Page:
What is the Harvest Moon and where can you see it in the Channel Islands?

A Harvest Moon rising over Jersey's Fort Regent in 2018 Credit: Richard Bougeard

The fourth and final supermoon of 2023 is set to grace the skies above the Channel Islands this Friday (29 September).

The Harvest Moon is the full moon closest to the autumnal equinox, which happened on Saturday 23 September.

What is a Supermoon?

Supermoons happen because the distance between the moon and the Earth changes over time.

A supermoon occurs at perigee: the point in the moon's orbit where it is closest to Earth so it may appear bigger and brighter.

The opposite is a "micromoon", when the moon is at its furthest from us.

The last three full moons have been supermoons, which is something of a rarity.

The next supermoon won't take place for another year, until Wednesday 18 September 2024.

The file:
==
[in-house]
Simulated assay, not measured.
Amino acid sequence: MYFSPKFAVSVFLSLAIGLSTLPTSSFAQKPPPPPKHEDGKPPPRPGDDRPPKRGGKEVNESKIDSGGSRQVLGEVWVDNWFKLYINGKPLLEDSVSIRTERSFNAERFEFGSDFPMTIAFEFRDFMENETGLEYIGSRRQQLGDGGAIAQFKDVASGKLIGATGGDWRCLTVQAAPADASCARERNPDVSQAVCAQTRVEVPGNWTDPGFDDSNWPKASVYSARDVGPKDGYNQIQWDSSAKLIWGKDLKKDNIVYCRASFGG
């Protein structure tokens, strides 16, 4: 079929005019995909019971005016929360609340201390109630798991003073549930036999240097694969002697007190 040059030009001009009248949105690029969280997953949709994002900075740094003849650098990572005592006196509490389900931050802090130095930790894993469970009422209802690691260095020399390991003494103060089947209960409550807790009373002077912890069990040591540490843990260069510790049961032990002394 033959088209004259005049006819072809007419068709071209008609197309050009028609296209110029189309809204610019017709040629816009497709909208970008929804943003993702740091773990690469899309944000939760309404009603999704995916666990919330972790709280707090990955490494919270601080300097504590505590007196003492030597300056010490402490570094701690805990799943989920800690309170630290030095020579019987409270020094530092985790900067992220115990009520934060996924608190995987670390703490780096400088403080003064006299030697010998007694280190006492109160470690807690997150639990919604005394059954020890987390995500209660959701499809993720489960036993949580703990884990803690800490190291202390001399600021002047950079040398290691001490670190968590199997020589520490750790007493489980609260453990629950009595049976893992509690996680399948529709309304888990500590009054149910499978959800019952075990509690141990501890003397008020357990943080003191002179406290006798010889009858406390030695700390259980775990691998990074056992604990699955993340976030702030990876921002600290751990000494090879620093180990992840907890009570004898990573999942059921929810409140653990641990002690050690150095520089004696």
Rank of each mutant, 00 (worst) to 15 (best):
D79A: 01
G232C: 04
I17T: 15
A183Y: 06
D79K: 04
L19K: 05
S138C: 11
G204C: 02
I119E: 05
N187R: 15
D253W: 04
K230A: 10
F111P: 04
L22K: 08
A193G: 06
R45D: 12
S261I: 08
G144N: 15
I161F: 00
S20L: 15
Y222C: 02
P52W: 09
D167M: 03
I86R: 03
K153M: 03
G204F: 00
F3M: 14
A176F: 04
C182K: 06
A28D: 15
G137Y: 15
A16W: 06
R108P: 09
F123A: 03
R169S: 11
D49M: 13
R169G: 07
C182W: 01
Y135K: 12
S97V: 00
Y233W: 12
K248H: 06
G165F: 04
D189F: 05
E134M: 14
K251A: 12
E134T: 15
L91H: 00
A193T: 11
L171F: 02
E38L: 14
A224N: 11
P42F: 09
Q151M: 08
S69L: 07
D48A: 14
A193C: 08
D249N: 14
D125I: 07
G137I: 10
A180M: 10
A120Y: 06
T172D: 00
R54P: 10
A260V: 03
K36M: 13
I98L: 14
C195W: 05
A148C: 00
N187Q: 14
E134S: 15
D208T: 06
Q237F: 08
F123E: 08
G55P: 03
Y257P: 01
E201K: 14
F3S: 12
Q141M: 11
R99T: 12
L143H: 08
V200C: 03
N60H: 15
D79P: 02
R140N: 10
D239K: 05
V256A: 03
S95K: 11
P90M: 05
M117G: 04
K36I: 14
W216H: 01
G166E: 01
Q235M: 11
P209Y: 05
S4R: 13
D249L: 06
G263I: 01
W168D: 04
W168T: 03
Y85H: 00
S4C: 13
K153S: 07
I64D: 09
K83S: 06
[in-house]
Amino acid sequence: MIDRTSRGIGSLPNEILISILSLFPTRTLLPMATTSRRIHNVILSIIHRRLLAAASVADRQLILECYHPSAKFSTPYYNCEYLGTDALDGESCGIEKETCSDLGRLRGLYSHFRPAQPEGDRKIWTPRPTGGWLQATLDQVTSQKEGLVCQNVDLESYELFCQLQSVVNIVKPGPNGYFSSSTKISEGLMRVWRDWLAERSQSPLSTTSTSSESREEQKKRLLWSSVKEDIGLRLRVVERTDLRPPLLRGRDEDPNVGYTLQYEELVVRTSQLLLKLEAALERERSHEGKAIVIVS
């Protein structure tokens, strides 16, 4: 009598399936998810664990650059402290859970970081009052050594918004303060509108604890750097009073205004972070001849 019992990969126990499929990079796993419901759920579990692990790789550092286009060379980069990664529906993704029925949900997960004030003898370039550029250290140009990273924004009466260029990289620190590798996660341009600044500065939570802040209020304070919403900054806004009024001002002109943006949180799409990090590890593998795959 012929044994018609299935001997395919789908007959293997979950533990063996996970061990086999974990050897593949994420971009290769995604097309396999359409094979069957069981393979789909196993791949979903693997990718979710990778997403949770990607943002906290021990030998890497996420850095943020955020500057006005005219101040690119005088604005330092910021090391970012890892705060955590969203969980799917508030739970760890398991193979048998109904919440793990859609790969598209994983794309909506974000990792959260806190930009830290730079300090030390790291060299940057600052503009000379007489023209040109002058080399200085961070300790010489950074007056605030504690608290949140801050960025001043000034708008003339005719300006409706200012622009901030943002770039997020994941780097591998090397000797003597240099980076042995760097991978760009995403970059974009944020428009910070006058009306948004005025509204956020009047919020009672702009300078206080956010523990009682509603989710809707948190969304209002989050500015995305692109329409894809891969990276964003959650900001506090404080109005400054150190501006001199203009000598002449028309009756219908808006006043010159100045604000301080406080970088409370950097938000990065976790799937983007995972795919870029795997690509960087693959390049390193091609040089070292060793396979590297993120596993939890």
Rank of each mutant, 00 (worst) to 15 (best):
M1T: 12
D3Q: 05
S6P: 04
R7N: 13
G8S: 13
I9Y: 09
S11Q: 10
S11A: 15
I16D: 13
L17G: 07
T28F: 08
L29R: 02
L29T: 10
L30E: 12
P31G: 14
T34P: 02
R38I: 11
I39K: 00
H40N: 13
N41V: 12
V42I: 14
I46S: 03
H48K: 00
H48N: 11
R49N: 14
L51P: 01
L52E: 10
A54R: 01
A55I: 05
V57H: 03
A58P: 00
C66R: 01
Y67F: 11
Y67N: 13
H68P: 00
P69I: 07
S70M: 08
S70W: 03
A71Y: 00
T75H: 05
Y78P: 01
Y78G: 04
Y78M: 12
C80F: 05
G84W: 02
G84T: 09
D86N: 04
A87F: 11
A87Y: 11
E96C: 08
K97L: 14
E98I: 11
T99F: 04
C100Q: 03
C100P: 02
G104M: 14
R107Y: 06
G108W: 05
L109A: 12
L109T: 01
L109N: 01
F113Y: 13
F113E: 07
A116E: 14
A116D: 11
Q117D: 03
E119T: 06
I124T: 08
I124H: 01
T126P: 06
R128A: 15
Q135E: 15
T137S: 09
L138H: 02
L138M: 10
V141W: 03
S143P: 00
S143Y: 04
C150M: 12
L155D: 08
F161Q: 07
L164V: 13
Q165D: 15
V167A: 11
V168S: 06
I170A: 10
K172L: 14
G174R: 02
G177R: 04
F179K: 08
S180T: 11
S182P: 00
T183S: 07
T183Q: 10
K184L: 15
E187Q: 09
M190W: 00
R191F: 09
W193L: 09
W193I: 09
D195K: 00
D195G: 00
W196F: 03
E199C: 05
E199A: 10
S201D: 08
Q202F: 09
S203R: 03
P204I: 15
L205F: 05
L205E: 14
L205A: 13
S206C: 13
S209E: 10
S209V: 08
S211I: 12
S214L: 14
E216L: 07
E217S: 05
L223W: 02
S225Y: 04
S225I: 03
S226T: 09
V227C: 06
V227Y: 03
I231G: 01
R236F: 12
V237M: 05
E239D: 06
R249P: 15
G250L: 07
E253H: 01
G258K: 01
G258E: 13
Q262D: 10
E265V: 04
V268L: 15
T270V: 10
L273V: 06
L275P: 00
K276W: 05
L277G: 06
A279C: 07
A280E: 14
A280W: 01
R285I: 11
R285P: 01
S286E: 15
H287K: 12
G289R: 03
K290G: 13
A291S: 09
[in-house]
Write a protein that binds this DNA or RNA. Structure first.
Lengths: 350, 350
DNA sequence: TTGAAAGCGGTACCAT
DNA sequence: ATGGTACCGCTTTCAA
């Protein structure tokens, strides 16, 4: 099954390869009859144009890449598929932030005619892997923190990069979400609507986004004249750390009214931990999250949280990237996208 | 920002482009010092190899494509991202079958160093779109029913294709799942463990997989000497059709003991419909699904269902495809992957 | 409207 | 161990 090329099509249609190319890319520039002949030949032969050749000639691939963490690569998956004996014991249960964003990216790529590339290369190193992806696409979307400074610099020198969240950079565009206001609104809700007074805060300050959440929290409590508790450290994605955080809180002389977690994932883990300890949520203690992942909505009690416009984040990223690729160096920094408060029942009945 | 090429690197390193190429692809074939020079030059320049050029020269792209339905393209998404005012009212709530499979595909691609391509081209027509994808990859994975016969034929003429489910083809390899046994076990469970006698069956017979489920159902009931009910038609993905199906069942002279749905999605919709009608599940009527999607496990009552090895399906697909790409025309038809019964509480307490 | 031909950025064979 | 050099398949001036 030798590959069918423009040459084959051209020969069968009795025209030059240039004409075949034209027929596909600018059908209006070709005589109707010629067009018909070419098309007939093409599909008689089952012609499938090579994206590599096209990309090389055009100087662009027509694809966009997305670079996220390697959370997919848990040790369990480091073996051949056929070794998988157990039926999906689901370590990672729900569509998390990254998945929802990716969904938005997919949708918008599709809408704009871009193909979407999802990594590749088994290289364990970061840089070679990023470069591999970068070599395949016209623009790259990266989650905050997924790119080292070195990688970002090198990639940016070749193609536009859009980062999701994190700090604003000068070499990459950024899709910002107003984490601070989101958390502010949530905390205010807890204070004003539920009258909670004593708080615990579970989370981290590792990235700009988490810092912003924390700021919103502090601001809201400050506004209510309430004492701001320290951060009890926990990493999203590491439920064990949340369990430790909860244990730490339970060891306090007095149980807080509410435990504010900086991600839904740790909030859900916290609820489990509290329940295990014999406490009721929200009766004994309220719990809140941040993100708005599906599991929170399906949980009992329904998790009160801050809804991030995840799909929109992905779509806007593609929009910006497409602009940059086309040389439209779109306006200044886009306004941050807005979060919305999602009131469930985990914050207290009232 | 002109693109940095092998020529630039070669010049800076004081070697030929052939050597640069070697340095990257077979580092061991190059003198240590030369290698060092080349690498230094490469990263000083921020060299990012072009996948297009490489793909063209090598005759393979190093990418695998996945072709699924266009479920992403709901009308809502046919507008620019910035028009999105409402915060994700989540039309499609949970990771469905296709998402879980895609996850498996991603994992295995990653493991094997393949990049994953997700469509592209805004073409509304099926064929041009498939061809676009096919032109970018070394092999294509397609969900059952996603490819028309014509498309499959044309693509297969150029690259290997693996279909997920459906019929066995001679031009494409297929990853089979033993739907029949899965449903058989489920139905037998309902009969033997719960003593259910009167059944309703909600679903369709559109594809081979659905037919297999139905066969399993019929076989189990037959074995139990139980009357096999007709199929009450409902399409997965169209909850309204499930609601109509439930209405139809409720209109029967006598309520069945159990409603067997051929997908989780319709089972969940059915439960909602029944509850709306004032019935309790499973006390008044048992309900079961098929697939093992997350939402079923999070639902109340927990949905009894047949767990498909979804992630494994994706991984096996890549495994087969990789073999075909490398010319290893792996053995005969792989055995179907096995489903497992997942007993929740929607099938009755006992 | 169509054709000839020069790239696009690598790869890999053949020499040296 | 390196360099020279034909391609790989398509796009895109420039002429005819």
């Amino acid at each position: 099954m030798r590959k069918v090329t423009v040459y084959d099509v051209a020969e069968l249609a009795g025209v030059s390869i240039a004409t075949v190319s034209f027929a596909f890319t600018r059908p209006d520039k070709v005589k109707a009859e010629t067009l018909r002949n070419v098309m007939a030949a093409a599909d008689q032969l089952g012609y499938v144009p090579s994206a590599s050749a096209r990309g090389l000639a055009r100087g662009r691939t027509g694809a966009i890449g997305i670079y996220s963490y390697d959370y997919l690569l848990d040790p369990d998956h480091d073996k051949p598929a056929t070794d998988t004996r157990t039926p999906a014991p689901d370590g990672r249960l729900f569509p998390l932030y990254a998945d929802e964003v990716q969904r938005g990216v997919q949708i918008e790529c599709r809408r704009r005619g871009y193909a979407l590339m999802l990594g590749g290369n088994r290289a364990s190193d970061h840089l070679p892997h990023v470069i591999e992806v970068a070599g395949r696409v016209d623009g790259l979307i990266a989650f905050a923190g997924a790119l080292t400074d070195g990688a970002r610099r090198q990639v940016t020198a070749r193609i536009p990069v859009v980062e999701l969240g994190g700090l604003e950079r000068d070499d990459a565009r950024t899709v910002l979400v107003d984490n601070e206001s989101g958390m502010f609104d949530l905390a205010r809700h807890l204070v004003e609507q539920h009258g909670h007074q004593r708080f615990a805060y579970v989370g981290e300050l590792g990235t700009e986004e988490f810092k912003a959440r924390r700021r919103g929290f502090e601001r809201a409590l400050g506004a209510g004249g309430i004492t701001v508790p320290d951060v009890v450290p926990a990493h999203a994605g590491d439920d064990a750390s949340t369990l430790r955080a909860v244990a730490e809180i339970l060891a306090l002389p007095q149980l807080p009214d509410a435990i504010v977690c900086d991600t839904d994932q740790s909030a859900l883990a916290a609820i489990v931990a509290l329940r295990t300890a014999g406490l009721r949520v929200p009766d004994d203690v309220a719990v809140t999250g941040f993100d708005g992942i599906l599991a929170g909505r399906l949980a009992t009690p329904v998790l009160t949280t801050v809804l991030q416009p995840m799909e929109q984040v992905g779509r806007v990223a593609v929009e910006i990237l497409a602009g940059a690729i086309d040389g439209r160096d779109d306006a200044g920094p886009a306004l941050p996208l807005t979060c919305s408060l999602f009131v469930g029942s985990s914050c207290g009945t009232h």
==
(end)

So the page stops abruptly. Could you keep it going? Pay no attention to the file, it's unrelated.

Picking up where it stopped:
A Harvest Moon rising over Herm in 2021 Credit: Tony Rive

Where does the name 'Harvest Moon' come from?

Traditionally, light from the moon at the time of year allowed farmers to work into the night and bring in crops from the field - hence the name, Harvest Moon.

Will it have an impact on the tides?

Yes. As the moon is closer than usual it’ll also be pulling harder, via gravity, on Earth’s oceans.

Jersey is set to have some high spring tides near to 12 metres high so do take care if you are out near the coast. Overtopping of Victoria Marina in Guernsey is expected to lead to some flooding along the seafront around high tide this weekend.

Where can I see the Harvest Moon?

If the skies are clear, look to the east after sunset tonight, though the Harvest Moon will reach its peak tomorrow morning.

If you want to see it in a bit more detail, you can also use a telescope or binoculars. 

As the moon rises, it may look orange or even red - especially if it's low on the horizon.

This is because the moon's light is filtered as it travels through more of the Earth's atmosphere.

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